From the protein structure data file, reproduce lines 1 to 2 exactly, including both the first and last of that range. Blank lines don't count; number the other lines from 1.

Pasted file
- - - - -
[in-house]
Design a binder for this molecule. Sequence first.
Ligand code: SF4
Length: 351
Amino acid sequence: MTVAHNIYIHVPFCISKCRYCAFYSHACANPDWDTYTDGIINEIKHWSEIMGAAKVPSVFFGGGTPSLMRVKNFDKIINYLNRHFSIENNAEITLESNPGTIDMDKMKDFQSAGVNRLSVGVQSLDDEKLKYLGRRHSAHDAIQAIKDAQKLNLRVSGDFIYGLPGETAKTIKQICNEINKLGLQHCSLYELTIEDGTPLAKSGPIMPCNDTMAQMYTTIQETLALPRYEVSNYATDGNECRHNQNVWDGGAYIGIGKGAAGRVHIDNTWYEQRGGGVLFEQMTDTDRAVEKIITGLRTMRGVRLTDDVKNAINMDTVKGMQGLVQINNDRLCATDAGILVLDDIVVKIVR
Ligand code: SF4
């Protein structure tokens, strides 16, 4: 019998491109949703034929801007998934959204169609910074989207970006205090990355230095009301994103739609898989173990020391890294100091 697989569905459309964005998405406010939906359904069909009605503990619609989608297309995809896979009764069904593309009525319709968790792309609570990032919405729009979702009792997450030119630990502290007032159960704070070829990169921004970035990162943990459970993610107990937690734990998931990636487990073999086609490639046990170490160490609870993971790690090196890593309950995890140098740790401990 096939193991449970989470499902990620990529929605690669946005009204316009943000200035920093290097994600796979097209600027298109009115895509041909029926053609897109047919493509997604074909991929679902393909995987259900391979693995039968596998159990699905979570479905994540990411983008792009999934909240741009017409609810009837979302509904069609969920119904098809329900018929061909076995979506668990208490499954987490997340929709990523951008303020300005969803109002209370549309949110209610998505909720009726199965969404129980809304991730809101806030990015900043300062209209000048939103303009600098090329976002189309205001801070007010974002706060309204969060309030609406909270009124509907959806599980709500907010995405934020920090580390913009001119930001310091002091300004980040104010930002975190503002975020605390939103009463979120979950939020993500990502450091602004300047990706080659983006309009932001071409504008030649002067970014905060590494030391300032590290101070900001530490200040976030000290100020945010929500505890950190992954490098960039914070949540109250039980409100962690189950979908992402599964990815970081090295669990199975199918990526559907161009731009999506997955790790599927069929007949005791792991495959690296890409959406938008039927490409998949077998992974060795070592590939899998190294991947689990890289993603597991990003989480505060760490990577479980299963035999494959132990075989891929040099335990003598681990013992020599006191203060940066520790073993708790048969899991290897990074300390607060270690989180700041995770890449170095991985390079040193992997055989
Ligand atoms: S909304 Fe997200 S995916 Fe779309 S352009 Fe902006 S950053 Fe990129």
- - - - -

[in-house]
Design a binder for this molecule. Sequence first.